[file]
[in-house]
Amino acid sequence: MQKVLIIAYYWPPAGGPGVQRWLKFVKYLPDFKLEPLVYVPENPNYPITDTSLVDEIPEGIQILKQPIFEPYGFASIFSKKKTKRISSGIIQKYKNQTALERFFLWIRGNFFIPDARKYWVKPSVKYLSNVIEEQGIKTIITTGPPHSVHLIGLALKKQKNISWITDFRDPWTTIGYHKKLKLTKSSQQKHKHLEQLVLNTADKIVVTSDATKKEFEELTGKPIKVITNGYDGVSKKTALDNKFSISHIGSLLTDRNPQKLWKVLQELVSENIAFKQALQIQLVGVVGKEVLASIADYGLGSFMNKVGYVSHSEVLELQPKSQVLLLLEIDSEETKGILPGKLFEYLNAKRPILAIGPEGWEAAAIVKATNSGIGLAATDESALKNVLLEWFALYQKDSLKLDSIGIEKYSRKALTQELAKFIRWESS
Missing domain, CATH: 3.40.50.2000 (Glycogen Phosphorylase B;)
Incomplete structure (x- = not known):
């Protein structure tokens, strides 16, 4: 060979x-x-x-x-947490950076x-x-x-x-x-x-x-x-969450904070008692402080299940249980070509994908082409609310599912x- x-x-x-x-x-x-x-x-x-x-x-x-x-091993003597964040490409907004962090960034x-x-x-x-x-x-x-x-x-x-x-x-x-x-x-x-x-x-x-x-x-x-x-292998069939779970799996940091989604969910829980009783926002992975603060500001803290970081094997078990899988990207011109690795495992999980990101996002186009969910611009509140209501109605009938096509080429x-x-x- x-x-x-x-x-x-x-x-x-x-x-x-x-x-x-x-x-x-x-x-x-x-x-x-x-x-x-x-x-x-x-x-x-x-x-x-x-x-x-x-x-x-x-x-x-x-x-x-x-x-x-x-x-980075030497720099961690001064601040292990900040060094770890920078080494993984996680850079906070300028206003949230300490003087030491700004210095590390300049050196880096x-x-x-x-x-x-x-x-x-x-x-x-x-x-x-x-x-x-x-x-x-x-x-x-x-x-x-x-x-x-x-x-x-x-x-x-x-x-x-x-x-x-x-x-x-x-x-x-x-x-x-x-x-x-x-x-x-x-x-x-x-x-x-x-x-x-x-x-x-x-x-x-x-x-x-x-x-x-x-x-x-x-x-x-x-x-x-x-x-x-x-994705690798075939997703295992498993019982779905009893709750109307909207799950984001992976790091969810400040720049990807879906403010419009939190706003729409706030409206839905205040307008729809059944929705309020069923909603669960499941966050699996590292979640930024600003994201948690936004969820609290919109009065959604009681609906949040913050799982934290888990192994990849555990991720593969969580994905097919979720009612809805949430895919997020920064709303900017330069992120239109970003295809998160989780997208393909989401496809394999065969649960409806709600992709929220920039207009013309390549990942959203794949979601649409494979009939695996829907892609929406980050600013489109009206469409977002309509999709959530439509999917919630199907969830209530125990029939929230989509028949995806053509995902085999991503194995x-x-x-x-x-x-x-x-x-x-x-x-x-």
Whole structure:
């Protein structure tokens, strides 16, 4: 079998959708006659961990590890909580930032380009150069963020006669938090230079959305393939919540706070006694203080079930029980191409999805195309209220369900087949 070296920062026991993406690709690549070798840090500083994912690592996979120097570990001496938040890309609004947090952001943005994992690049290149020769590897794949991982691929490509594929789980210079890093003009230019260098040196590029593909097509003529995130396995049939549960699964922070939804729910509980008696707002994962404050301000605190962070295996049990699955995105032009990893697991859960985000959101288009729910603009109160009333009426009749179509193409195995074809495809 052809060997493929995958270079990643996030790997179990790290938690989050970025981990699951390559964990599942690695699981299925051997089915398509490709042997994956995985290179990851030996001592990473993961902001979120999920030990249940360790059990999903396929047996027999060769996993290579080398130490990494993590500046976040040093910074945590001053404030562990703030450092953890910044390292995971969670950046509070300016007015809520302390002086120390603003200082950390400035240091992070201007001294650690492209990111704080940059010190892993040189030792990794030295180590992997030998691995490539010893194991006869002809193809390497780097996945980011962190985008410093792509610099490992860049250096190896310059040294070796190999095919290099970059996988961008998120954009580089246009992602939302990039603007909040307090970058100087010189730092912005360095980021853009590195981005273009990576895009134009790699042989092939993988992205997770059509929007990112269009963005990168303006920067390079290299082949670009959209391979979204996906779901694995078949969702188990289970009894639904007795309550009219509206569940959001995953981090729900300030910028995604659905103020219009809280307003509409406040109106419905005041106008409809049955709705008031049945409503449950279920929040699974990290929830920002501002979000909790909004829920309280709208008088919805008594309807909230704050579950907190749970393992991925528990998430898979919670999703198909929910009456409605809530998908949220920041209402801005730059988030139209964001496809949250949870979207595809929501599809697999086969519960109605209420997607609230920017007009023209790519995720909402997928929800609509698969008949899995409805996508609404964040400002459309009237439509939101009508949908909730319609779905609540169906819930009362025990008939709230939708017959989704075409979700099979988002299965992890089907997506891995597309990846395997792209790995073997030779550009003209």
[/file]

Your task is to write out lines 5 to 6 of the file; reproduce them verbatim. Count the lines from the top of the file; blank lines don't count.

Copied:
């Protein structure tokens, strides 16, 4: 060979x-x-x-x-947490950076x-x-x-x-x-x-x-x-969450904070008692402080299940249980070509994908082409609310599912x- x-x-x-x-x-x-x-x-x-x-x-x-x-091993003597964040490409907004962090960034x-x-x-x-x-x-x-x-x-x-x-x-x-x-x-x-x-x-x-x-x-x-x-292998069939779970799996940091989604969910829980009783926002992975603060500001803290970081094997078990899988990207011109690795495992999980990101996002186009969910611009509140209501109605009938096509080429x-x-x- x-x-x-x-x-x-x-x-x-x-x-x-x-x-x-x-x-x-x-x-x-x-x-x-x-x-x-x-x-x-x-x-x-x-x-x-x-x-x-x-x-x-x-x-x-x-x-x-x-x-x-x-x-980075030497720099961690001064601040292990900040060094770890920078080494993984996680850079906070300028206003949230300490003087030491700004210095590390300049050196880096x-x-x-x-x-x-x-x-x-x-x-x-x-x-x-x-x-x-x-x-x-x-x-x-x-x-x-x-x-x-x-x-x-x-x-x-x-x-x-x-x-x-x-x-x-x-x-x-x-x-x-x-x-x-x-x-x-x-x-x-x-x-x-x-x-x-x-x-x-x-x-x-x-x-x-x-x-x-x-x-x-x-x-x-x-x-x-x-x-x-x-994705690798075939997703295992498993019982779905009893709750109307909207799950984001992976790091969810400040720049990807879906403010419009939190706003729409706030409206839905205040307008729809059944929705309020069923909603669960499941966050699996590292979640930024600003994201948690936004969820609290919109009065959604009681609906949040913050799982934290888990192994990849555990991720593969969580994905097919979720009612809805949430895919997020920064709303900017330069992120239109970003295809998160989780997208393909989401496809394999065969649960409806709600992709929220920039207009013309390549990942959203794949979601649409494979009939695996829907892609929406980050600013489109009206469409977002309509999709959530439509999917919630199907969830209530125990029939929230989509028949995806053509995902085999991503194995x-x-x-x-x-x-x-x-x-x-x-x-x-």
Whole structure: